AI investment is booming.
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AI investment is booming.

In one of Europe’s largest-ever seed rounds last month, Mistral AI raised €105 million ($118 million) without a working product. Antoine Moyroud, a partner at Lightspeed Venture Partners, one of the firm’s biggest backers, wasn’t phased.

According to him, it may seem like a lot, but the company has big, global ambitions and requires expensive computing power in order to accomplish them.

A blowout deal is just one example of the feverish excitement about the potential for “generative” artificial intelligence to generate whopping returns for investors.

However, some investors and people in the industry are concerned that the funding frenzy is turning into a bubble, since money is being thrown at companies that neither have earnings nor an innovative product.


AI chatbot ChatGPT.

According to Stability AI founder and chief executive Emad Mostaque, the current wave of investment in AI companies will create “the biggest bubble of all time.”

Mostaque recently compared the recent “dot-ai” bubble to the dot-com bubble of the late 1990s, when speculative investments in nascent internet companies led to major losses for investors.

Venture capitalists are jostling for a seat aboard the AI rocketship this year, with Mistral AI being just one of many investments. Globally, they invested $15.2 billion in generative AI companies during the first half of 2023, according to Pitchbook.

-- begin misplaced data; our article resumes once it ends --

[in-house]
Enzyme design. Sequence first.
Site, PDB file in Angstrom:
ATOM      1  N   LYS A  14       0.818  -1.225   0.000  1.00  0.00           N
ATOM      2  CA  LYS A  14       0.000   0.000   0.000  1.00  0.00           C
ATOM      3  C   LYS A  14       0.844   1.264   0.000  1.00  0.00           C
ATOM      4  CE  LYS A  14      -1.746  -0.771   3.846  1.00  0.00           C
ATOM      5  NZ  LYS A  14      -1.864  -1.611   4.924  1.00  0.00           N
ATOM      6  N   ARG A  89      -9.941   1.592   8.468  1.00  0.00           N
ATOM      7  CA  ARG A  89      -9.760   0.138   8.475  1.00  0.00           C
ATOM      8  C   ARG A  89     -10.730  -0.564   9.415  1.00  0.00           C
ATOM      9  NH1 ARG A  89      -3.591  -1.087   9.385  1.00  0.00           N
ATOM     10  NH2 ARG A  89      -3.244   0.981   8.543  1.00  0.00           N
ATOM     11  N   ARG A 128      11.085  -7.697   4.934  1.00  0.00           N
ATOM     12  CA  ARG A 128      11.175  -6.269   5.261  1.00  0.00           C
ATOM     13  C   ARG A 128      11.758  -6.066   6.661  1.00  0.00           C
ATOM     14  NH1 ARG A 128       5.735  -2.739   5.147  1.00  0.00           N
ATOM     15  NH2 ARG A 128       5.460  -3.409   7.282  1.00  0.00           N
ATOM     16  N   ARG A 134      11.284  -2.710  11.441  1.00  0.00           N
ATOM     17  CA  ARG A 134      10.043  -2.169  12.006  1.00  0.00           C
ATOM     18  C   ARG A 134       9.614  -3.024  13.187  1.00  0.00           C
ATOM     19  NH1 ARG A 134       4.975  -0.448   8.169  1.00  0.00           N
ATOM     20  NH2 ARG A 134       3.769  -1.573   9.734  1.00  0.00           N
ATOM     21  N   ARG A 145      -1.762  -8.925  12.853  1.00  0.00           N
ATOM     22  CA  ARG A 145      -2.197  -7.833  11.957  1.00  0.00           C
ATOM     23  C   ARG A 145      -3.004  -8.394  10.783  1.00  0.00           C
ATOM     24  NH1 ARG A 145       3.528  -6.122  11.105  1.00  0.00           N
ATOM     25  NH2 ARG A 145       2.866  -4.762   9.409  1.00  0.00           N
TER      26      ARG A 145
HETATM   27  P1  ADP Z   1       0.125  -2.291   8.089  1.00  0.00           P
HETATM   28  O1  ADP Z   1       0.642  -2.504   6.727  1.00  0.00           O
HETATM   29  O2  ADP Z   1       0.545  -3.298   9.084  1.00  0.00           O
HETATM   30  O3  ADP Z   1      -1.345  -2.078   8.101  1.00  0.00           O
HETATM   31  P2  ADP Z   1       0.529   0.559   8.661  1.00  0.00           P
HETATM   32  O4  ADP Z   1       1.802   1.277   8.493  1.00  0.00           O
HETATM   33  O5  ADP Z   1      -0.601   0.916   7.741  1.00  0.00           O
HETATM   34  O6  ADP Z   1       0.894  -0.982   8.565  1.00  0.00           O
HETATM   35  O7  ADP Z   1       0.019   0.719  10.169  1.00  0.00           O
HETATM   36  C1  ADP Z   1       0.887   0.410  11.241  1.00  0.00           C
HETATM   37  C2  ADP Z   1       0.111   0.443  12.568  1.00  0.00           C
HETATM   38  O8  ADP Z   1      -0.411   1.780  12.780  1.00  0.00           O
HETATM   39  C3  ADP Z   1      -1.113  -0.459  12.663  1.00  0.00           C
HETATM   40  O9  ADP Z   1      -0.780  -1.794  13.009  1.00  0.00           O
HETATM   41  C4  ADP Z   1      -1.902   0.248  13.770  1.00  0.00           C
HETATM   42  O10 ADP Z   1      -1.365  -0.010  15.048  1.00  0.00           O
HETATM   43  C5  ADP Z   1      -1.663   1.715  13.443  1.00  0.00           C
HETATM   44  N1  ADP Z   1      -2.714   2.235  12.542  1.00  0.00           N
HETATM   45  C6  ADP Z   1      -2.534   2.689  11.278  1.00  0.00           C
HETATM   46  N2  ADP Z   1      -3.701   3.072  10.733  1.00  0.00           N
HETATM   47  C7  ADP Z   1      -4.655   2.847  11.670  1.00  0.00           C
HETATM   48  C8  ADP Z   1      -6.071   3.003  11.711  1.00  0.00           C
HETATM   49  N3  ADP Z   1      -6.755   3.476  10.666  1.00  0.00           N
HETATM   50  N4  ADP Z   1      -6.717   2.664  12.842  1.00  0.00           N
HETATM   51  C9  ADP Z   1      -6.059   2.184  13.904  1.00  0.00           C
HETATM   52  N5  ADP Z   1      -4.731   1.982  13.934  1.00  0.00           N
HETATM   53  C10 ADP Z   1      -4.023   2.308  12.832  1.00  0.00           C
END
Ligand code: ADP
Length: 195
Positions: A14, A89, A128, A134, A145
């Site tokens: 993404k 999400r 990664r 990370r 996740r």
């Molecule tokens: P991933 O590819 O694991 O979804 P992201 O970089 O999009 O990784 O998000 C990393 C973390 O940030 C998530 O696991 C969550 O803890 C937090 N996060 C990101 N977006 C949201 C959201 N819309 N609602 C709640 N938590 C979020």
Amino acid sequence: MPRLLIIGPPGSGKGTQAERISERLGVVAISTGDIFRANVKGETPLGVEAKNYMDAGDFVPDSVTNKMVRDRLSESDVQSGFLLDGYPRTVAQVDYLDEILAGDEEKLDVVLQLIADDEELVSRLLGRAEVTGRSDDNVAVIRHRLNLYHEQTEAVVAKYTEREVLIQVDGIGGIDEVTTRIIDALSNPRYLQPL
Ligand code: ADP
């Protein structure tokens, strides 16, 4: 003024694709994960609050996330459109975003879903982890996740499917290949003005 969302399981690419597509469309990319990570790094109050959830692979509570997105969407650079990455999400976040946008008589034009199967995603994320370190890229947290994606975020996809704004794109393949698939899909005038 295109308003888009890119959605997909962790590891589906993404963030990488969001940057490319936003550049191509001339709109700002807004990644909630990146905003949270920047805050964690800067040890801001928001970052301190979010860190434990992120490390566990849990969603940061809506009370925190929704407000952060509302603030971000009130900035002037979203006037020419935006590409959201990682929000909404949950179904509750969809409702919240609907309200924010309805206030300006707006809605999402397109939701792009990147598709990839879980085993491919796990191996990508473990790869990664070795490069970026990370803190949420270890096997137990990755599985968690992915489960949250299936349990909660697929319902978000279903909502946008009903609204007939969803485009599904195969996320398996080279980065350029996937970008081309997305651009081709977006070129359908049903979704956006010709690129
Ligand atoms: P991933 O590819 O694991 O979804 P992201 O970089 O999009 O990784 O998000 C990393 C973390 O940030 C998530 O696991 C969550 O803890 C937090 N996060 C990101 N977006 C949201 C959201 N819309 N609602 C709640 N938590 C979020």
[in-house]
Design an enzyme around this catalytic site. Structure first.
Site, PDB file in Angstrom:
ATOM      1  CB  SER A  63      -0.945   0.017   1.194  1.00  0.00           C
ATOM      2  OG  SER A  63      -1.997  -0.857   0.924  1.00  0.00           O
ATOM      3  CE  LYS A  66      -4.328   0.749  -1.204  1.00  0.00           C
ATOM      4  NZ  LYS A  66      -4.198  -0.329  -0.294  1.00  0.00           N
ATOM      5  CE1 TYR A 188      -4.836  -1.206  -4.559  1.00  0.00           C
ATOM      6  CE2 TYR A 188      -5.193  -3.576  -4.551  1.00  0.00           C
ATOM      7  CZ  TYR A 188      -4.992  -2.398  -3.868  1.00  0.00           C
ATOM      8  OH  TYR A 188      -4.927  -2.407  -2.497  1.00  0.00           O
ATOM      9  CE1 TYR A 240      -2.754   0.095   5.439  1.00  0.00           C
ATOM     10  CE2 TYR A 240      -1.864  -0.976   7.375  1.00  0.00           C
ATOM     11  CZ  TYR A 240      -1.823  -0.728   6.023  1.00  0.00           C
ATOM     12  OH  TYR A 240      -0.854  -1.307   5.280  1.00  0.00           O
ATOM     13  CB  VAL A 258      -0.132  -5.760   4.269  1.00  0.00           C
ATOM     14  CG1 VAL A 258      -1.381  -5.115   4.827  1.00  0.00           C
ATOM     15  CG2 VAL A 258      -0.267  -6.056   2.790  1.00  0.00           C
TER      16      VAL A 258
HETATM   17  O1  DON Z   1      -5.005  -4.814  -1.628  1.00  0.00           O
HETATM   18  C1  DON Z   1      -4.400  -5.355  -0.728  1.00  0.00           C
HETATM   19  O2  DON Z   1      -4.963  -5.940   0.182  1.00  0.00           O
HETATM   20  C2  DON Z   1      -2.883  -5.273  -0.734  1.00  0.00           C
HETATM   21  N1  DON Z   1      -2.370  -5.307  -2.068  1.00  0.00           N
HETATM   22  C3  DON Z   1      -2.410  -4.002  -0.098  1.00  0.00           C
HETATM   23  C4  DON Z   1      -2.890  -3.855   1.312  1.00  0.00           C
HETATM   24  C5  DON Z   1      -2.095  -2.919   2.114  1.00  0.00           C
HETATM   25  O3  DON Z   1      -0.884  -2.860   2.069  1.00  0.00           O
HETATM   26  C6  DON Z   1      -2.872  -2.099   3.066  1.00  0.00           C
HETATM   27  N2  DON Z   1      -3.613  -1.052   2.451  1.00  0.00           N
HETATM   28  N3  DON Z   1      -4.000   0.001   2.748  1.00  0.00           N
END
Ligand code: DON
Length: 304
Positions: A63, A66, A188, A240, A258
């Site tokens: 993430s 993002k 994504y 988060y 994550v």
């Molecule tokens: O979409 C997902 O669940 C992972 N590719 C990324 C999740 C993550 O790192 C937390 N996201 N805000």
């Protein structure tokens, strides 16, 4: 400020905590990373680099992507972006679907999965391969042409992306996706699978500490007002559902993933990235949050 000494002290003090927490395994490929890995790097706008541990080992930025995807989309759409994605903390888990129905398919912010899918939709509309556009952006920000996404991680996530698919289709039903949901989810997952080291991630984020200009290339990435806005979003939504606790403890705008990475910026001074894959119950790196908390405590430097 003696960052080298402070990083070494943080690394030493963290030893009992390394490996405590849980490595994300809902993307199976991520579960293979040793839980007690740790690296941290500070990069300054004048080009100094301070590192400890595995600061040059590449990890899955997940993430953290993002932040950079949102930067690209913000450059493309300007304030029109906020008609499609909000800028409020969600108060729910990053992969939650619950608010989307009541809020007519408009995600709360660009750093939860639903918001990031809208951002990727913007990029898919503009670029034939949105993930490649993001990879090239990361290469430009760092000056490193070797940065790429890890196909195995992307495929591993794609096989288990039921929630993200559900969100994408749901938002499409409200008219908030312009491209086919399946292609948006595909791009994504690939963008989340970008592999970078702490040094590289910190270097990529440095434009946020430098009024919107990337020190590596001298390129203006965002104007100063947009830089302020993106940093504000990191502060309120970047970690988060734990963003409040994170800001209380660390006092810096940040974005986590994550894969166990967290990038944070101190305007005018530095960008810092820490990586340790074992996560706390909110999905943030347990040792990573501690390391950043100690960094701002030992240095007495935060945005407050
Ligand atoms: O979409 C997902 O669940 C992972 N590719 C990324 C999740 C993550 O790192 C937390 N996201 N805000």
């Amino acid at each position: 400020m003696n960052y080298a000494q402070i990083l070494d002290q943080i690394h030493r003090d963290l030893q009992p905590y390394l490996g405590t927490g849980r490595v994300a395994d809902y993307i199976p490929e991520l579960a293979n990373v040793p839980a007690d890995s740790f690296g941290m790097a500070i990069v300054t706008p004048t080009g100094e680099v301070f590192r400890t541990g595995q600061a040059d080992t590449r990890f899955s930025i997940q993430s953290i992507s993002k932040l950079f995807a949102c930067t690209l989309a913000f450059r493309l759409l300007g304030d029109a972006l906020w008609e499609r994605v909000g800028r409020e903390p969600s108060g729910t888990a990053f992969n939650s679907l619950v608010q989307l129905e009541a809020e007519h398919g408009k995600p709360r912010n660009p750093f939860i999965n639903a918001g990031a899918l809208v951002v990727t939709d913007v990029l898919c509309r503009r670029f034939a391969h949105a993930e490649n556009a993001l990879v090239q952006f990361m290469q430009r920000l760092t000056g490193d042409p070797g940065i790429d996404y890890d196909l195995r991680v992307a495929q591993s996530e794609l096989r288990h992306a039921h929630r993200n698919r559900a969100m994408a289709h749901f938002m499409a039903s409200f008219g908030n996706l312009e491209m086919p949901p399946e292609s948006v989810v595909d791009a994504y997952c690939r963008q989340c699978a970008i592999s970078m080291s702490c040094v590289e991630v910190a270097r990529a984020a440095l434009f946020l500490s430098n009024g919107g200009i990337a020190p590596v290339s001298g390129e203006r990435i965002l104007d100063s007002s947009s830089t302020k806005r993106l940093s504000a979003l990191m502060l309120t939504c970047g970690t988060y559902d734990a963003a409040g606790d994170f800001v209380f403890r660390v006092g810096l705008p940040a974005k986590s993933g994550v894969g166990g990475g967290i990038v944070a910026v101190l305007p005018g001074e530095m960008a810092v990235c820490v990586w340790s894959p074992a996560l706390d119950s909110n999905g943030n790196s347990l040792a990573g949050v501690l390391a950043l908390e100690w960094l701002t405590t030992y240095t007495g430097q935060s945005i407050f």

Microsoft (MSFT) announced in January that it would invest $10 billion in OpenAI, the maker of popular generative AI chatbot ChatGPT.

However, even excluding Microsoft’s massive deal, VC investments in generative AI rose by almost 58% from the same period in 2022.

According to Moyroud at Lightspeed, the release of ChatGPT in November sparked the current buzz. A growing number of founders mention generative AI in their pitches for funding, but some of those pitches are suspect.

“Some people who haven’t spent a lot of time in the industry are adding – if you can call it that – a bit of generative AI sparkle” to their pitches, Moyroud said, noting that it takes time to uncover the “substance” of some founders’ claims.

Mistral AI is not included in that group. Moyroud’s venture capital firm – which contributed only a “significant portion” to the startup’s €105 million haul – paid for the founders’ “unmatched” experience. As part of their previous work, they all used generative AI called large language models, two at Meta, Facebook’s parent company, and one at Google’s DeepMind.

Earlier this year, Nvidia, a company that makes advanced microchips that power generative AI, became the sixth company to reach $1 trillion in market capitalization. Since the start of the year, its stock has soared 207%.

In addition, Nvidia’s stock has traded on a price-to-earnings ratio – a measure of whether a stock is overvalued or undervalued – of 237 over the past 12 months. The higher the ratio, the more likely it is that a stock is overvalued. Over the same period, companies on the S&P 500 traded on an average ratio of 24.

Unlike Nvidia,, an AI software company whose stock has soared over 240% this year, is not profitable – and is not expected to be for the foreseeable future.

There are striking parallels between the current situation and the dot-com bubble, investors told CNN. As with every bubble, there must be a burst.

Over the course of 1999 alone, the Nasdaq’s value more than doubled as investors poured money into dot-com companies. Goldman Sachs reports that most startups never generated any revenue or profit despite high expectations and high valuations. As a result of Nasdaq’s nosedive between its peak in March 2000 and late September 2002, stock prices fell 81%. There was no doubt that the bubble had burst.